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Attacks against abortion care are attacks against all care


Attacks against abortion care are attacks against all care

May 29, 2024 | 7:00 am ET
By Rebecca Gibron
Attacks against abortion care are attacks against all care
Indiana, like other states with strict abortion bans, is seeing fewer people enter medical residency program. (Getty Images)

When we restrict one aspect of care — like with abortion bans — we hinder all access to care. That’s why,  across the country, we are witnessing the closure of maternity wards, including here in Indiana.

As we near the two-year anniversary of the reversal of Roe v. Wade and approach one year without abortion access in Indiana, data from the Association of American Medical Colleges (AAMC) show medical school residents are staying away from states with severe abortion restrictions.

Fourteen states, mostly located within this region, have enacted near-total bans on abortion. The AAMC analysis shows that the number of applicants to residency programs in these states fell by 4.2% between 2023 and 2024. In contrast, states where abortion remains legal saw only a 0.6% decline in residency program applicants. Specialties affected most include emergency medicine, family medicine, internal medicine, obstetrics and gynecology (OB/GYN), and pediatrics.

Take away these future prospects from the provider shortage Indiana already faces, and the maternal health care desert just gets dryer. The need for increased access to care has never been more urgent, which is why we’re in court to reclaim at least some abortion access for Hoosiers seeking vital health care.

Indiana impact

Here in Indiana, at least 1.5 million women of reproductive age are restricted from basic abortion care. Nationally, one in three women of reproductive age — and even more trans and nonbinary people who can become pregnant — no longer have access to abortion in their state. People are forced to travel hundreds or thousands of miles for care, if they can afford it, or remain pregnant against their will. And if you are a Black woman forced to remain pregnant in a state like Indiana with a crippling maternal health crisis, remaining pregnant means you are twice as likely to die from pregnancy complications than a white person.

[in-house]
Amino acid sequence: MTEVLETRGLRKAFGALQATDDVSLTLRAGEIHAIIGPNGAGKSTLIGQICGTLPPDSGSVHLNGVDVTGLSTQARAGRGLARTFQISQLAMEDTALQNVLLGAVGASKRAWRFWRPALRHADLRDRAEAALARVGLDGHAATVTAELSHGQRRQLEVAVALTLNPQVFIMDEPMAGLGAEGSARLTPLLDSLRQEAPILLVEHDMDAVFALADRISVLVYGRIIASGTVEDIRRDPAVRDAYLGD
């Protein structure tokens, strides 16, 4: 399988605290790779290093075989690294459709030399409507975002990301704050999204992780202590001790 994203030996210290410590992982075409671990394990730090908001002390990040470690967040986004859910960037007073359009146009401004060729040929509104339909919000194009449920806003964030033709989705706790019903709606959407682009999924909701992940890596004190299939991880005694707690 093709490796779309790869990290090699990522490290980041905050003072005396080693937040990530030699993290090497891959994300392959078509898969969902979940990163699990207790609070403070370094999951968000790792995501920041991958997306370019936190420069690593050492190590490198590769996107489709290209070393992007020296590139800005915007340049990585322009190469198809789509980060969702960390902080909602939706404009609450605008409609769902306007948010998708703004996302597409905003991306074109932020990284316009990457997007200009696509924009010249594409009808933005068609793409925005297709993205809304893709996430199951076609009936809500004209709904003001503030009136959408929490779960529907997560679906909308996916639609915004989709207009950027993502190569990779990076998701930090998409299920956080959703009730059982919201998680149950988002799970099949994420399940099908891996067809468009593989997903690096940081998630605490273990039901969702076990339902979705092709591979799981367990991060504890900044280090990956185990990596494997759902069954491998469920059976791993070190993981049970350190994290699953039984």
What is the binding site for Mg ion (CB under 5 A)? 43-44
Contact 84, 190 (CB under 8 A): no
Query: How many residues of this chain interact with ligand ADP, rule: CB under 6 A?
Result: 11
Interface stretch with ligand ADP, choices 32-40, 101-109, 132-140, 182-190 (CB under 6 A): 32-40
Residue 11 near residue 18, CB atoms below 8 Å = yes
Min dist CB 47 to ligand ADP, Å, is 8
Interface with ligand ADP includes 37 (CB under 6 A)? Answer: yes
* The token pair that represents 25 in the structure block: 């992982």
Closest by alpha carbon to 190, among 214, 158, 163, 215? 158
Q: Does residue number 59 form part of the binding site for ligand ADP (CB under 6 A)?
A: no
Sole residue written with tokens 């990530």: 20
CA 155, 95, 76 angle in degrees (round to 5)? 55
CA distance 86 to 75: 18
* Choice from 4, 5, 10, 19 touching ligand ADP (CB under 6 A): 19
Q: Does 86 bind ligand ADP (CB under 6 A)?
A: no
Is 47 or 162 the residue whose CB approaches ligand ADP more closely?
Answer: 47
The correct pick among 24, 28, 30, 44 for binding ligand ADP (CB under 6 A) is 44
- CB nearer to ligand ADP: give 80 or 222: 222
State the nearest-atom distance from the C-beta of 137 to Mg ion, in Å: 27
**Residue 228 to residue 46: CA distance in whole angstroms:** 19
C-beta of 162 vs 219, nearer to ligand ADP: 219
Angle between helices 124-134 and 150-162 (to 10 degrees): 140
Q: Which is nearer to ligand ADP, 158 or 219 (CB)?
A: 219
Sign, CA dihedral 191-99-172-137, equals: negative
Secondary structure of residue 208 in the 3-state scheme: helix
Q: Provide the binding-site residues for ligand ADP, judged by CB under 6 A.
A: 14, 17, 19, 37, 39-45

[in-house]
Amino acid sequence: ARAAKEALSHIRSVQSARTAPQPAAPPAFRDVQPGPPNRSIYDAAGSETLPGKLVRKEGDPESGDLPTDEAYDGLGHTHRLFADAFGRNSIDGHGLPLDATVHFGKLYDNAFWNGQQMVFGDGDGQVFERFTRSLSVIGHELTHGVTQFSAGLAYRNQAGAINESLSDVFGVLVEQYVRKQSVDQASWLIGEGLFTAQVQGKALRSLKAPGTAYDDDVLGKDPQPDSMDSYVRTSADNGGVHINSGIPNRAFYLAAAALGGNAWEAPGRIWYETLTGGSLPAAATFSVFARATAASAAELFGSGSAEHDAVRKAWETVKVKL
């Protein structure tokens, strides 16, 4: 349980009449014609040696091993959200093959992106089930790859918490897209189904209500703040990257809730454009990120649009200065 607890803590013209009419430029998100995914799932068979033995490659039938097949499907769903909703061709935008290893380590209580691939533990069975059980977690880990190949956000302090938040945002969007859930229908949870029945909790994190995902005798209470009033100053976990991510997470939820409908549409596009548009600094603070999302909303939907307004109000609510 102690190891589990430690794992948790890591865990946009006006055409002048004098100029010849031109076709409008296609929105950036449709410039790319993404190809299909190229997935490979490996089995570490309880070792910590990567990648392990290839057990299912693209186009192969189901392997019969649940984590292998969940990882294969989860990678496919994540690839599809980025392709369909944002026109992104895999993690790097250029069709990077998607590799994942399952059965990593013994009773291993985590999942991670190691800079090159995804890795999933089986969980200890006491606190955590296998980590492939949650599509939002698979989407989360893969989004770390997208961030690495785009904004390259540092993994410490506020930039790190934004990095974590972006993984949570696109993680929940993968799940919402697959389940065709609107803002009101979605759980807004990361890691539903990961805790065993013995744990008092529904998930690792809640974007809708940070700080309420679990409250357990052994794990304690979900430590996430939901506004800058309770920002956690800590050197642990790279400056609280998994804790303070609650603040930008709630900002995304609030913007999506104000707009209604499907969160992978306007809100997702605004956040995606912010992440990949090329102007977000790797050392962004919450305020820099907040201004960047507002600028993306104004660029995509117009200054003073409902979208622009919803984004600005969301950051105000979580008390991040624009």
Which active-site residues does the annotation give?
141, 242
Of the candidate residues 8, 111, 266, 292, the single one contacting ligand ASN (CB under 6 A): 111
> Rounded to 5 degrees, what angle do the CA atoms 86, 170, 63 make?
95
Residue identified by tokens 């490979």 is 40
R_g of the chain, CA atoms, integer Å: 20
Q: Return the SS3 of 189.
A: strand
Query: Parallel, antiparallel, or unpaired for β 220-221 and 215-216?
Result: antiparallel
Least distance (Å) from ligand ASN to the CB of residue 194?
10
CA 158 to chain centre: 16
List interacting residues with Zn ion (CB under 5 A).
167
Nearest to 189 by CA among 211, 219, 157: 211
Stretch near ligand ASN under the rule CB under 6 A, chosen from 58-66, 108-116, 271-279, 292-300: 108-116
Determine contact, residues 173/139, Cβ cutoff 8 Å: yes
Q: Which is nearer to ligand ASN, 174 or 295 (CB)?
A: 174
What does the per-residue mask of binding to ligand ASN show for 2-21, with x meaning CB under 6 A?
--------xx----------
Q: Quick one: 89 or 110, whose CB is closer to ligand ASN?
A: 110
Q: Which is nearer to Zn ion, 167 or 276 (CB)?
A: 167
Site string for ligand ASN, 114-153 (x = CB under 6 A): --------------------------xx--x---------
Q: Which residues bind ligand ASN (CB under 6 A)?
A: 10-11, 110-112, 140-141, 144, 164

Indiana faces roughly 4,300 job openings for nurses, with an additional 5,000 openings predicted by 2031. Rural counties in Indiana have already faced hospital closures, with nearly 50% of Indiana’s 92 counties having just one hospital and 20% having none. Something has to give.

The bench trial for the lawsuit challenging the limited exceptions in Indiana’s near-total abortion ban is set to begin Wednesday, May 29 in Monroe County and last three days.

Some people in Indiana think that because abortion has been all but banned, we have had to close our doors. But our doors remain open, and we are here fighting because everyone deserves health care, regardless of who they are or where they live.

At Planned Parenthood, we are doing everything we can to meet the needs of patients. We’ve helped people forced to flee the state for abortion services navigate across state lines and come back to us for follow-up care. We’ve expanded services to include vasectomies and gender-affirming care on top of the comprehensive reproductive care we already provide, like wellness exams, STI checks and treatments, and cervical cancer screenings. It pains me to say that most hospitals in Indiana have made it harder for people to access abortion under the narrow legal exceptions. These conditions can lead to increased travel times, harmful delays, higher costs, and, in dire cases, even death.

The lawsuit 

Planned Parenthood, alongside the ACLU of Indiana, All-Options Pregnancy Resource Center, and the Lawyering Project, has asked the court to broaden the narrow health exceptions so that Hoosiers can exercise their right to obtain an abortion necessary to prevent a serious health risk, a right that the Supreme Court recognized in its June decision. We’re also asking the court to allow providers like Planned Parenthood to offer abortion care in the limited circumstances abortion is allowed.

Indiana has one of the highest maternal mortality rates in the country, and with this ban, things won’t get better. Abortion bans don’t just restrict abortion access; they jeopardize medical care for miscarriages, ectopic pregnancies, and other pregnancy-related issues. This climate of fear is crippling health care professionals nationwide, leaving them terrified that fulfilling their oath to care could subject them to vicious political attacks. It’s an assault on medical ethics and the well-being of patients everywhere.

We know that every single person deserves access to health care, including abortion care, when they need it, without question or fear of criminalization. We won’t stop fighting until abortion access is restored here in Indiana and across the country. Our commitment is unwavering, our resolve is strong, and our compassion for those we serve is boundless.

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